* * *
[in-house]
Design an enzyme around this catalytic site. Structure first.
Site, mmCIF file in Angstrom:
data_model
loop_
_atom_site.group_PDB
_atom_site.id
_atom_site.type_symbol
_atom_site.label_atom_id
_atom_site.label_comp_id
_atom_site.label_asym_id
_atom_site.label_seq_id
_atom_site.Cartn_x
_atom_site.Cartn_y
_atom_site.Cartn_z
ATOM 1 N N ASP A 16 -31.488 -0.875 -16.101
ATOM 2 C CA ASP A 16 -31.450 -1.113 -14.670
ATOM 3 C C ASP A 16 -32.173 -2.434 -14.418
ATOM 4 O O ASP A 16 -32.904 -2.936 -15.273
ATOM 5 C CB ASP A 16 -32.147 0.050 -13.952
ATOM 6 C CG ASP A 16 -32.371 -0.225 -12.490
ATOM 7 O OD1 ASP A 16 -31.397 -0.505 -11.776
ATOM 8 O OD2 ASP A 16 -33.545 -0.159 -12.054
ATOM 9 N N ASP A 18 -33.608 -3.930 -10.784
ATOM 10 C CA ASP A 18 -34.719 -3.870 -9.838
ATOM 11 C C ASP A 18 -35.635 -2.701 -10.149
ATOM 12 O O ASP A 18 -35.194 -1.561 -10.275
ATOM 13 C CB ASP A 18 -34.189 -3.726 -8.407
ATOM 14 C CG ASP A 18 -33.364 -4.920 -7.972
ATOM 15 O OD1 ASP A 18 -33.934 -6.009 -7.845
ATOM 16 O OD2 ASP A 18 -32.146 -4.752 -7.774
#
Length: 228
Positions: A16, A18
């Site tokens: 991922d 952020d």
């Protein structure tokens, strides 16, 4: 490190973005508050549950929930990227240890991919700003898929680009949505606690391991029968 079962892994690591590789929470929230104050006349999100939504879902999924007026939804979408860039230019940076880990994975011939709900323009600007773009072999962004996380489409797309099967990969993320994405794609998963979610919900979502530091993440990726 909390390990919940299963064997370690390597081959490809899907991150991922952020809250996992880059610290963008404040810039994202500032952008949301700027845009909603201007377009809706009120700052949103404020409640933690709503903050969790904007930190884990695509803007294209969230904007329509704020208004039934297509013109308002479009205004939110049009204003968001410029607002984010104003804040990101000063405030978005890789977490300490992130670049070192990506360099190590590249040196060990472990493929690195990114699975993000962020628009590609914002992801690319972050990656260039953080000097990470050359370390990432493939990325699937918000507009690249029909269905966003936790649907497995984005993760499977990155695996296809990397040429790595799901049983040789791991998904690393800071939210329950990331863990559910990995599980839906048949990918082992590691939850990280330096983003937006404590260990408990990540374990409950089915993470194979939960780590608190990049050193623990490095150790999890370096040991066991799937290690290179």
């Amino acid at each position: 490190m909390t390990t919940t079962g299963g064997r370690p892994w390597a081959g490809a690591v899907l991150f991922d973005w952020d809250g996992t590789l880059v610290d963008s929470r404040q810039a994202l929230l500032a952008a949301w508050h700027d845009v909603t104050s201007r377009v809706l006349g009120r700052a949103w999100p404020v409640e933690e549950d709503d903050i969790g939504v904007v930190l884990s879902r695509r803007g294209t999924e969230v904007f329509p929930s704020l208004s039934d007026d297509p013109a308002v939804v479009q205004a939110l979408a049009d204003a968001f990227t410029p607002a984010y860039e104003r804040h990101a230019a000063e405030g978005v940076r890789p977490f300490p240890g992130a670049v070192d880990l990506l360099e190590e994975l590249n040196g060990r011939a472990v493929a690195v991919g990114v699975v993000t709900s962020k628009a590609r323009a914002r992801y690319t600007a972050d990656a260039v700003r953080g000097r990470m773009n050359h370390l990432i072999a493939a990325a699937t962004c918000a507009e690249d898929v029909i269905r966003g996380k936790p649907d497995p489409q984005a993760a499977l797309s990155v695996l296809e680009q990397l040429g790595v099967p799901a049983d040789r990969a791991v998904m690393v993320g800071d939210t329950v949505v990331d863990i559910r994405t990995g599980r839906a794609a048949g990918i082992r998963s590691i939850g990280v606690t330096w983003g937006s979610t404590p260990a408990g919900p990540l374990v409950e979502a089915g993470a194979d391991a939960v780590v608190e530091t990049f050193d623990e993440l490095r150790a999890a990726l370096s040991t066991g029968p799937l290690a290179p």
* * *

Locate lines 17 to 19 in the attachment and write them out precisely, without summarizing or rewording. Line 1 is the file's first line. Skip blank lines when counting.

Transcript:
ATOM 2 C CA ASP A 16 -31.450 -1.113 -14.670
ATOM 3 C C ASP A 16 -32.173 -2.434 -14.418
ATOM 4 O O ASP A 16 -32.904 -2.936 -15.273